Malam Ibrahim Shekarau
Two-term governor of Kano State on the platform of ANPP, Ibrahim Shekarau was the ANPP presidential candidate in April 2011 general election. He believes in APC and has been leading the ANPP team in the merger deal until he was replaced by the ANPP Chairman Ogbonnaya Onu.

Ahmed Sani Yarima
Controversial Senator Ahmed Sani Yerima was governor of Zamfara State from May 1999 to May 2007 on the platform of the ANPP. He represents Zamfara West in the Senate and is also Deputy Minority Leader in the Senate. Although he had wanted to be ANPP’s presidential candidate for the 2007 presidential election, he later withdrew from the contest at the party’s national convention to pave the way for Buhari.
He was active in the APC formation. In fact, he was arrested and later released on March 9, 2013 in Kaduna after taking part in a live Hausa radio programme broadcast by the Federal Radio Corporation of Nigeria (FRCN) for saying if INEC failed to register the newly-formed APC, the party would embark on a peaceful protest to the Eagle Square, Abuja. He remains a major force in his state of Zamfara but has penchant for courting needless controversies.

Rochas Okorocha
Another controversial figure in APC is Governor Rochas Anayo Okorocha of Imo State, who led a faction of APGA into the merger. Okorocha has been around for some time too. In 1999, he competed in the PDP primaries for Imo governorship. He also contested to be ANPP presidential candidate in 2003 but lost. He, however, formed the Action Alliance (AA) party in 2005 and planned to become as a presidential candidate on the AA platform in the 2007 elections. Ambitious Okorocha also gave the PDP national chairmanship a shot in September 2007.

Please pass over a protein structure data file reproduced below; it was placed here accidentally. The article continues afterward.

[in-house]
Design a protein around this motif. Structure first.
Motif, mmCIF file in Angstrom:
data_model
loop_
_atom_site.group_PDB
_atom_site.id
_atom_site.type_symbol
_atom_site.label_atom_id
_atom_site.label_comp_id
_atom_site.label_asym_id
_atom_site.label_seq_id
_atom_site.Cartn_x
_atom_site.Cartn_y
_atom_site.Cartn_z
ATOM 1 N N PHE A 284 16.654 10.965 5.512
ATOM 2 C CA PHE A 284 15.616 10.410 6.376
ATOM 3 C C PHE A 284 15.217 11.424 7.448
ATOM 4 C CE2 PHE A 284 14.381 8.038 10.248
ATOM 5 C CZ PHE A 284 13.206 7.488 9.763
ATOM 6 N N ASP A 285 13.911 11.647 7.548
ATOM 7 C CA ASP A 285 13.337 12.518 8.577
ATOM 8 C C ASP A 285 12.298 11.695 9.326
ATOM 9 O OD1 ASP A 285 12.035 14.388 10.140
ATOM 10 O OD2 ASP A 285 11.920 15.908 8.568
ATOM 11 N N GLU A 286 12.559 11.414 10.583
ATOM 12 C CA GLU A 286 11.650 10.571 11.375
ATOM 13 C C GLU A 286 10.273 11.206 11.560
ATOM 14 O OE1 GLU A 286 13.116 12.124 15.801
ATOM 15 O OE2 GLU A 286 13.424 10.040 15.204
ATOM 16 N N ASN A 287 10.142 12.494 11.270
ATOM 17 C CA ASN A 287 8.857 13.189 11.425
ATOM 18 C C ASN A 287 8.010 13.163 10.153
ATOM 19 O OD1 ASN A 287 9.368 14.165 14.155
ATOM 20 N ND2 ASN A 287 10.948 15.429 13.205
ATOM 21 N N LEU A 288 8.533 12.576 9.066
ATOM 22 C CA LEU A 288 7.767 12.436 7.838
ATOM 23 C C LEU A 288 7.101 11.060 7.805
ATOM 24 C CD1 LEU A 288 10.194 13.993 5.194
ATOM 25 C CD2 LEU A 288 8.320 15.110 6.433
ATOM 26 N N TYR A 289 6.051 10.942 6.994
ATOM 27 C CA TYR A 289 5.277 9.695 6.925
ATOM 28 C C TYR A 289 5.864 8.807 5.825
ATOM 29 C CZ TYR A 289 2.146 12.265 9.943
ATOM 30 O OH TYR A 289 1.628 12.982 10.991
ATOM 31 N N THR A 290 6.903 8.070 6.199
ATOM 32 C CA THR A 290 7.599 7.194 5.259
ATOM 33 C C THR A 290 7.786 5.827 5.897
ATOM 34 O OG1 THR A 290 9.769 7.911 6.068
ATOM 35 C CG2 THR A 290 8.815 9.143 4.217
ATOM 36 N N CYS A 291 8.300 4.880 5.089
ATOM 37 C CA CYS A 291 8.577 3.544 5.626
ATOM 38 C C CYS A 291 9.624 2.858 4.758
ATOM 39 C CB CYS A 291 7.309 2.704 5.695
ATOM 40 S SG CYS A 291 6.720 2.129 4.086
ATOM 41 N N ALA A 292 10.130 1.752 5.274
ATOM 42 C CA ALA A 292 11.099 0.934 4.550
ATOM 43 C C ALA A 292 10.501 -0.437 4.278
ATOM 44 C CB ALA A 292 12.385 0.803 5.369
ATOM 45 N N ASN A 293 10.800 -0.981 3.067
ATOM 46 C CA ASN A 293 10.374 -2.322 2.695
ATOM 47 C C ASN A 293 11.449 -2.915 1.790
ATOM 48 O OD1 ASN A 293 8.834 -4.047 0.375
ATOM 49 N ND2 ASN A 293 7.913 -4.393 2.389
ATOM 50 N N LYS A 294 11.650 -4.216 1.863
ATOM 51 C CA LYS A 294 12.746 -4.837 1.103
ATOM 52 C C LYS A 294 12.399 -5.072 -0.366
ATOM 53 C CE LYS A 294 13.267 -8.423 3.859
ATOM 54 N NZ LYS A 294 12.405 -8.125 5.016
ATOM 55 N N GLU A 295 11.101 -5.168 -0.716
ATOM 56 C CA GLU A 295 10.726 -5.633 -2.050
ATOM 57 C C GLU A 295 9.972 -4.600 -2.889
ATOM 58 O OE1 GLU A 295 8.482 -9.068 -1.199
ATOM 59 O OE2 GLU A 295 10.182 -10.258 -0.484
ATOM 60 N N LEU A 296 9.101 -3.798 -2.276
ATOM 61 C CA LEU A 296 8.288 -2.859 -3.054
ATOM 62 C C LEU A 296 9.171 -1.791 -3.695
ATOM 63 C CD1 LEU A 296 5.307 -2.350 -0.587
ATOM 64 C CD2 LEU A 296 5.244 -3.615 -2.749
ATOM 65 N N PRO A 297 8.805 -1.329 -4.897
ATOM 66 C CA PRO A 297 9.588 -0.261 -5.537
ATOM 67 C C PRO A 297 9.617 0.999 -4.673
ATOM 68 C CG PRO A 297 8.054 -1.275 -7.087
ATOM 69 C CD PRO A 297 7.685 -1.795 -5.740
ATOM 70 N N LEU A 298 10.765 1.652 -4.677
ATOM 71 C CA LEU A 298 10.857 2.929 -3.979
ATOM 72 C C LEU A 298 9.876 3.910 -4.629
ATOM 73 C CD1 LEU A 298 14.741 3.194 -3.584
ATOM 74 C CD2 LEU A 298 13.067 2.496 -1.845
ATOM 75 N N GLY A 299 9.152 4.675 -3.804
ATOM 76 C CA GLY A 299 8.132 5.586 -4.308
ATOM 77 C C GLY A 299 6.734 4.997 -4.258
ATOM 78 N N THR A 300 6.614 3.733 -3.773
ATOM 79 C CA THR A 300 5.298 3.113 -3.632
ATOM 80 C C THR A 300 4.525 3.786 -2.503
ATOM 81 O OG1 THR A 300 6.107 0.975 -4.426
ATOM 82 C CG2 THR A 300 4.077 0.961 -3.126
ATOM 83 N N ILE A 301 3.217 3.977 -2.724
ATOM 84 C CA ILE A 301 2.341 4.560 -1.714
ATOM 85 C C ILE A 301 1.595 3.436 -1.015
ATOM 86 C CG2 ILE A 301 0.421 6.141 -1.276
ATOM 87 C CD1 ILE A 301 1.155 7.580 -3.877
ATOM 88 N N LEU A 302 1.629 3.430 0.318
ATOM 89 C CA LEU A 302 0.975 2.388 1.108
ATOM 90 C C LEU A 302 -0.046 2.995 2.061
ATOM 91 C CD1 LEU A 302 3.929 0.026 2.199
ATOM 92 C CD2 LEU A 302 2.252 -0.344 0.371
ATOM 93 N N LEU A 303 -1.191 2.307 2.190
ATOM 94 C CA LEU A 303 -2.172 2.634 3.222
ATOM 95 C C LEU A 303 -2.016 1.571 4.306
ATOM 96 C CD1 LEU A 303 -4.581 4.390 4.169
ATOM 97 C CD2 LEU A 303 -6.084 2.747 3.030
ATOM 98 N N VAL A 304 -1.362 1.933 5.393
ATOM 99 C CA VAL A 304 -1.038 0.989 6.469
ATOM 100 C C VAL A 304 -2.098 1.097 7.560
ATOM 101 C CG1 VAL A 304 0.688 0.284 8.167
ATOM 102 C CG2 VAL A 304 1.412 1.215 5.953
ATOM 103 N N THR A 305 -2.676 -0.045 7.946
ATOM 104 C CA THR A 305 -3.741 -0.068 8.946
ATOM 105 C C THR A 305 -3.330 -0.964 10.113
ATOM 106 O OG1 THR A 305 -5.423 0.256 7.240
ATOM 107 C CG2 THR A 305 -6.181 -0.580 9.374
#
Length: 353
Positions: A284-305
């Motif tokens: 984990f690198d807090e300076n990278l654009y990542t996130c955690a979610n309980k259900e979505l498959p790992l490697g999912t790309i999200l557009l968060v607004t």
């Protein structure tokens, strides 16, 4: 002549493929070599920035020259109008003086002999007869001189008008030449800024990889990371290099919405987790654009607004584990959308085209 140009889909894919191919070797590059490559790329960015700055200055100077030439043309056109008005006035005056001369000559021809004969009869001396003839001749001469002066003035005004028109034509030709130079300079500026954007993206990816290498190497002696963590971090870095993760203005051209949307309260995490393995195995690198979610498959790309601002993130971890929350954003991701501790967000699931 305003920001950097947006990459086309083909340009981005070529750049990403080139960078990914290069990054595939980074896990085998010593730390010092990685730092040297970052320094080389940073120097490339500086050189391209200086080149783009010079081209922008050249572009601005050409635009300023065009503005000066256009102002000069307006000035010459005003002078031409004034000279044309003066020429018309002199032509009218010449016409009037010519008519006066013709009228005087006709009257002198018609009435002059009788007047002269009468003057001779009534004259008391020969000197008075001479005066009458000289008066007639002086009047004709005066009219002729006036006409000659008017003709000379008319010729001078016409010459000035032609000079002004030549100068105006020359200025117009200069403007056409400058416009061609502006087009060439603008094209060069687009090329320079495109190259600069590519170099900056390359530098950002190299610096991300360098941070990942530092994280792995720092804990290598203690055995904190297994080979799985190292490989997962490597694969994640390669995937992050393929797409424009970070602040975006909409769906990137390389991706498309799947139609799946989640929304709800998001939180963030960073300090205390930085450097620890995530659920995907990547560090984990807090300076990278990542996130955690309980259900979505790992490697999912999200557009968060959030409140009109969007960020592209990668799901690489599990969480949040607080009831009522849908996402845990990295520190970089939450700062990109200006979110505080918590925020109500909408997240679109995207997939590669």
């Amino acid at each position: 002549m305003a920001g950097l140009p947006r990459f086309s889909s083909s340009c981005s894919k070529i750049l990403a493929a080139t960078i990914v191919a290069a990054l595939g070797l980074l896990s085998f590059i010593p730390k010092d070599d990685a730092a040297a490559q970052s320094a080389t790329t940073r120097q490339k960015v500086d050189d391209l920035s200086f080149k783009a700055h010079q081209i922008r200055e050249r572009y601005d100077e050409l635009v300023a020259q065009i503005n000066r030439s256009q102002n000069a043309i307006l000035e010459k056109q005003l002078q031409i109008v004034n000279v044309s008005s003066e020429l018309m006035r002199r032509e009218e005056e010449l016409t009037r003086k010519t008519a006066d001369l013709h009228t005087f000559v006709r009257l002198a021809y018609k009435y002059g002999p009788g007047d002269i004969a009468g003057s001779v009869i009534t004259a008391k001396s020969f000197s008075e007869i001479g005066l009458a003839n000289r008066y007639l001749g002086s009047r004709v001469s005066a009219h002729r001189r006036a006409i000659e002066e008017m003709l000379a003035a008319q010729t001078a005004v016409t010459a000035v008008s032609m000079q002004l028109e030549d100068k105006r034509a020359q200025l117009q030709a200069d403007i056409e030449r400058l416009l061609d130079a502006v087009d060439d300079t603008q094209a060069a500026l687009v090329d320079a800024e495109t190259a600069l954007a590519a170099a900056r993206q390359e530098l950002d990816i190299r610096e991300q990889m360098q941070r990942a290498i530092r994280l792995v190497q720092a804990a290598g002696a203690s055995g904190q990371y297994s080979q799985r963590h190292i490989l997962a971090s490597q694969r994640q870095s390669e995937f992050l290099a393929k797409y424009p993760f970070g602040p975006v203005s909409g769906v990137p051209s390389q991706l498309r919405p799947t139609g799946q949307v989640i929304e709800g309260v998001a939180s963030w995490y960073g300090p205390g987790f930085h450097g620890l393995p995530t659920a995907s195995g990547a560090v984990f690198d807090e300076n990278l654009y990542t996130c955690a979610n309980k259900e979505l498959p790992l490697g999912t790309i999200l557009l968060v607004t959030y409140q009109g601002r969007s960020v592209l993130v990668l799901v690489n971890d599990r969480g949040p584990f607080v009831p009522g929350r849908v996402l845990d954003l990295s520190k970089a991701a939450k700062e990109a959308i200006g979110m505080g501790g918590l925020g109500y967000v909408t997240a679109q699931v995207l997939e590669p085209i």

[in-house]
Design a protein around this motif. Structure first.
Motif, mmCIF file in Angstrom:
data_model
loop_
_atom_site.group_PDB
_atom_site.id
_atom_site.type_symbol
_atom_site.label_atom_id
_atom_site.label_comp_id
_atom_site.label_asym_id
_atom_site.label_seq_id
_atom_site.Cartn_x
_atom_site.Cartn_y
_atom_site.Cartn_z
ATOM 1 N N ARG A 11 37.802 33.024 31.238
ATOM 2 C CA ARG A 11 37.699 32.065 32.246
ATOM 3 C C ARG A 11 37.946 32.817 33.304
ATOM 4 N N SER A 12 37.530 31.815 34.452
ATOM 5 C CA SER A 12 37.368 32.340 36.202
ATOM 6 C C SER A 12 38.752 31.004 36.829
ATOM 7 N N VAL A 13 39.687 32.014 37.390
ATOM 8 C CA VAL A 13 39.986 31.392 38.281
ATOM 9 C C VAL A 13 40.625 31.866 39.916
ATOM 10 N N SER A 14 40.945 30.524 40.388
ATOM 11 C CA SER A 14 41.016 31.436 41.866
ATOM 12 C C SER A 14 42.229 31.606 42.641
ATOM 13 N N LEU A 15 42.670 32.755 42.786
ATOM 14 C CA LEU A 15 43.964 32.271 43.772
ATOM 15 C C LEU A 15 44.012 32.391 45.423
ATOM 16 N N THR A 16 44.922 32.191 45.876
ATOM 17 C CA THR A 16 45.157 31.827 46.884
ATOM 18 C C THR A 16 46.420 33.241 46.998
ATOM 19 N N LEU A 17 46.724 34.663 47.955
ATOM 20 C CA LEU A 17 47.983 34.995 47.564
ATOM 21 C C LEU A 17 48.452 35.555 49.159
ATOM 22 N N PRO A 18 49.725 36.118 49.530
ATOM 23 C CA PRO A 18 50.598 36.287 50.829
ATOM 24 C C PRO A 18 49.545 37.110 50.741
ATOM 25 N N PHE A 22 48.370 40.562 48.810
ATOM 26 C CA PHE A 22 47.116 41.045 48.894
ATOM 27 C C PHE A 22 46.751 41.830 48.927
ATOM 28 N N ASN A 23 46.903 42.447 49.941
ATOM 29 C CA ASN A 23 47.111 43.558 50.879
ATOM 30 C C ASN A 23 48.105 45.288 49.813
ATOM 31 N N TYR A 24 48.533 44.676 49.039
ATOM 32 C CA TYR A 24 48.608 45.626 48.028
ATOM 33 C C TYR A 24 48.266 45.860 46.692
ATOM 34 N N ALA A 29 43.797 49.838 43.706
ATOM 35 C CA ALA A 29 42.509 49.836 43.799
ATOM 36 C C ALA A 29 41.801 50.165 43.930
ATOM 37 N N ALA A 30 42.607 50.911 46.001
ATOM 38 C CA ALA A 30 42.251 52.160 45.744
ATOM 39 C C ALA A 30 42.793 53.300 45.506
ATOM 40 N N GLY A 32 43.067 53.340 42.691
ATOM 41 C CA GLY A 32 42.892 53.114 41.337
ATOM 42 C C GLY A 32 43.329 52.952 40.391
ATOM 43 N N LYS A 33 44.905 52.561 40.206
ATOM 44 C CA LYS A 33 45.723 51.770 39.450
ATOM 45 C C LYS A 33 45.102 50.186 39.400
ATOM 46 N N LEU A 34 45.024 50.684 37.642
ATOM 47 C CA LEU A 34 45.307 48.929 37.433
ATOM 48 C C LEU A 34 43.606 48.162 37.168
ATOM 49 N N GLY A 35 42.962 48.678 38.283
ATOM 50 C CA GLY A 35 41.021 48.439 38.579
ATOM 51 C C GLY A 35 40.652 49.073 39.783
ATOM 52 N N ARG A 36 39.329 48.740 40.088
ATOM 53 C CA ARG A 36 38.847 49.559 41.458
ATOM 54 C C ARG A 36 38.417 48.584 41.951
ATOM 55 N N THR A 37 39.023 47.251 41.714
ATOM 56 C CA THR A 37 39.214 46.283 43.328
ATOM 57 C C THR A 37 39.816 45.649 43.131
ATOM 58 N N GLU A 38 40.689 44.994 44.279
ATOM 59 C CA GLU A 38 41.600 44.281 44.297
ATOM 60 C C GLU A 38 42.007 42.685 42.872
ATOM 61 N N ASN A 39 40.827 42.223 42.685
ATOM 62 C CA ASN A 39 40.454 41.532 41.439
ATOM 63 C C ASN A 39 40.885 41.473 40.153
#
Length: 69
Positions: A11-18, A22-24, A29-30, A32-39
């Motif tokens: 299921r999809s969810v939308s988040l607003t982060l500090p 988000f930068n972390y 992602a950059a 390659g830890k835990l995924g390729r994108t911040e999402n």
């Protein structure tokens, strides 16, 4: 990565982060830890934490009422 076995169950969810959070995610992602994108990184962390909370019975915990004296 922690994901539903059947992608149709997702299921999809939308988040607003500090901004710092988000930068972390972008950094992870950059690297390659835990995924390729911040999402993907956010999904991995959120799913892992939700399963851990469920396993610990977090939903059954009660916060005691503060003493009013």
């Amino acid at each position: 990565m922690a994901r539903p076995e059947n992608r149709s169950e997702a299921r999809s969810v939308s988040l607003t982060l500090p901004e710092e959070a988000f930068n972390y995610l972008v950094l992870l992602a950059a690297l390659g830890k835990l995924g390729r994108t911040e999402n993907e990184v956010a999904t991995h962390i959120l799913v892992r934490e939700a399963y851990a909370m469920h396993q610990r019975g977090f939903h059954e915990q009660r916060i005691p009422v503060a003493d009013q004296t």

Tom Ikimi
Chief Tom Omoghegbe Ikimi is an Edo State-born politician and former Foreign Affairs Minister between 1995 and 1998 in the military government of General Abacha.
He is one of the representatives of ACN in the merger and was chairman of the ACN Merger Committee. All the strategic meetings that culminated in the formation and registration of APC were held at his residence. The name of the new party was announced at his residence in Abuja on February 6, 2013. But he lost out in the bid to emerge as the national chairman of the emergent party.

Chief Audu Ogbeh
A former National Chairman of PDP, Chief Audu Innocent Ogbeh, contested election into the Benue State House of Assembly on the Platform of the National Party of Nigeria (NPN) in 1979 and became deputy speaker of the assembly. A former Federal Minister of Communications and Steel Development, Ogbeh was forced to resign as PDP National Chairman due to his criticism of Obasanjo’s handling of the crisis in Anambra State.  He was the chairman of the 20-member APC Manifesto Committee (Motto, Slogan and Message), and his name has been touted as also a possible presidential candidate.
Olusegun Osoba
Two-time governor of Ogun State, Chief Olusegun Osoba, had been involved in the merger process from day one and was in virtually all the committees that matter in the run-up to the APC registration. He is reputed to have a wide network of contacts; the journalist-turned politician understands the political terrain well.

The 11 APC Governors
Other than those listed above, there is a major power bloc in the APC and that is the group of its 11 governors. They are Kashim Shettima (Borno); Adams Oshiomhole (Edo); Ibrahim Geidam (Yobe); Tanko Al-Makura (Nasarawa); Abdulaziz Yari (Zamfara); Rochas Okorocha (Imo); (Kayode Fayemi (Ekiti); Babatunde Fashola, SAN (Lagos); Ibikunle Amosun (Ogun); Abiola Ajimobi (Oyo); and Rauf Aregbesola (Osun).
The governors have been part of critical meetings with opposition party leaders, involving Buhari, Tinubu, Sheriff and national chairmen of the three merging parties.
They have also held meetings in Lagos, Abuja, Borno and Owerri over the formation of APC. The governors set up zonal contact and mobilisation committees across the six geopolitical zones to facilitate the party’s birth.
The Tortuous Journey to Registration
Onyebuchi Ezigbo examines the challenges that promoters of the All Progressives Congress overcame to achieve registration and what lies ahead for the party